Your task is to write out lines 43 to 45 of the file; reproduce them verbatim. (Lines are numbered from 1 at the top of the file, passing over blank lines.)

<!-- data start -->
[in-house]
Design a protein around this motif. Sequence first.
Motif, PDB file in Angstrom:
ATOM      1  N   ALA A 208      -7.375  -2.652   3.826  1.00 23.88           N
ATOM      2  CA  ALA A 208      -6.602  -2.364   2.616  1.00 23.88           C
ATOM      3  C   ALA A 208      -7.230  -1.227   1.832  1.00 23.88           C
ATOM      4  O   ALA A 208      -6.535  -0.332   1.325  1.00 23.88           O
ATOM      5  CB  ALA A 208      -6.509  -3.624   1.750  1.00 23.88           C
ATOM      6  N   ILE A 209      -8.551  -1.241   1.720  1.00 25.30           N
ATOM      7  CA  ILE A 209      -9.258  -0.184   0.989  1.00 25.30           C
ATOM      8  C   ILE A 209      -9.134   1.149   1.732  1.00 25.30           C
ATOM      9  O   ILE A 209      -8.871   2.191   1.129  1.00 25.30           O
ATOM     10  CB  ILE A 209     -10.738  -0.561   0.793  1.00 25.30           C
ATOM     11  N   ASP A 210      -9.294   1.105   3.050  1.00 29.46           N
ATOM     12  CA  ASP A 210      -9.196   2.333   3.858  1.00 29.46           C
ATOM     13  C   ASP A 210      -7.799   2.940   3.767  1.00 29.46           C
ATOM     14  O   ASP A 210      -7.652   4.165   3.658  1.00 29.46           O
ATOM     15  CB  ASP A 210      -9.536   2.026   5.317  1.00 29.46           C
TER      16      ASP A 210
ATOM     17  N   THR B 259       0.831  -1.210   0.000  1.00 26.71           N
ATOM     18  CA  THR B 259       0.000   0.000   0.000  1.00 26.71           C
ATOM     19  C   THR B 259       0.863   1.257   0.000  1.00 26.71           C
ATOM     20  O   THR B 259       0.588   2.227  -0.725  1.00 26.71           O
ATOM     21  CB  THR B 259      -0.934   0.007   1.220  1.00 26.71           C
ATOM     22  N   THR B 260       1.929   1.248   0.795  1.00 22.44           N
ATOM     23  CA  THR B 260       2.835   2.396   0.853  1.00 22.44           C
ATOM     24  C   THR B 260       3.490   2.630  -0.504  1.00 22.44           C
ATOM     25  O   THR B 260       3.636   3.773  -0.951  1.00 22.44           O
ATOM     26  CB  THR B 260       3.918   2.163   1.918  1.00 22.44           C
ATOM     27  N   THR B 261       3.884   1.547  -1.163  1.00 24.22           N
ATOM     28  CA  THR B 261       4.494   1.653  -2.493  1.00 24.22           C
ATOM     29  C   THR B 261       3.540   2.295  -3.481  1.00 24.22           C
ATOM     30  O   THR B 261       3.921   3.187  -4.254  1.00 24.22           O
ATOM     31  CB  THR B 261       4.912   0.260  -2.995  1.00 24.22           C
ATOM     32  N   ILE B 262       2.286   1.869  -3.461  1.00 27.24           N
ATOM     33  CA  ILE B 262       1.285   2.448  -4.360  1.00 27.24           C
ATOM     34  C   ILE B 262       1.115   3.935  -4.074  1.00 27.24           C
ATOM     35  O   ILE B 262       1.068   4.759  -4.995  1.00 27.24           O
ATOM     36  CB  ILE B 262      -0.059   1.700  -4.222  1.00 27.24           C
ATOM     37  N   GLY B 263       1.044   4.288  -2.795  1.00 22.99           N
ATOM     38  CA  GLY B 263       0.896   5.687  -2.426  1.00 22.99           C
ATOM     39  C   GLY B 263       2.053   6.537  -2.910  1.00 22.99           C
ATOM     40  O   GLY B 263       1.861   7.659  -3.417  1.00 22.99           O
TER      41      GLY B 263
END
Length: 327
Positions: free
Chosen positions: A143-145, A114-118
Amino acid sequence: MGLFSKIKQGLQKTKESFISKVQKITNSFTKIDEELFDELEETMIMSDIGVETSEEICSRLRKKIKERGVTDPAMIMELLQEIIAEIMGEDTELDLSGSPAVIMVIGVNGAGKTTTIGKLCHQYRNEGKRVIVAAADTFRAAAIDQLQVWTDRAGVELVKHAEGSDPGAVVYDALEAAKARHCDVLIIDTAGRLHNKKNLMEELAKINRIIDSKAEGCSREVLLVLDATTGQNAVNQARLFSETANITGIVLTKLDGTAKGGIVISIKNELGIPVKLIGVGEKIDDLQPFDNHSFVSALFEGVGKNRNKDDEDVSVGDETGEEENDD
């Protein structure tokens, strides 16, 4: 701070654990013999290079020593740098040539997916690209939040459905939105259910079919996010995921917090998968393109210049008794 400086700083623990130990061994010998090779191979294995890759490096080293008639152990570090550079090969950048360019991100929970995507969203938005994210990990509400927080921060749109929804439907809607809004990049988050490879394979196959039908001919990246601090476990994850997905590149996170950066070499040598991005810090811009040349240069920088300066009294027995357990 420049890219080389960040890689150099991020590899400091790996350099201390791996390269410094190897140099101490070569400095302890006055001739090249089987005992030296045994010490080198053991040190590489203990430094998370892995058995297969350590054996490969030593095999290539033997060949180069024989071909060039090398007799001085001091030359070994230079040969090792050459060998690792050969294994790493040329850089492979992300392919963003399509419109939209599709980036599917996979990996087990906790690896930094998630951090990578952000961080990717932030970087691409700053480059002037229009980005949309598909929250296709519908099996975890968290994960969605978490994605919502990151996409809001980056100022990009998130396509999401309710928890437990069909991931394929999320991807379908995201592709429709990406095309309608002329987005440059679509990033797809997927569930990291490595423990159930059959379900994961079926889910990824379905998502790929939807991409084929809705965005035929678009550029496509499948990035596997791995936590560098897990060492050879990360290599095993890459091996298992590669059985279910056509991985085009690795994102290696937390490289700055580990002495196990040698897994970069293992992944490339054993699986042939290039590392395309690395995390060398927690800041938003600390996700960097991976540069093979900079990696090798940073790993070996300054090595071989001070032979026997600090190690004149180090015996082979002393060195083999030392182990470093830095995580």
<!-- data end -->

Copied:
ATOM     40  O   GLY B 263       1.861   7.659  -3.417  1.00 22.99           O
TER      41      GLY B 263
END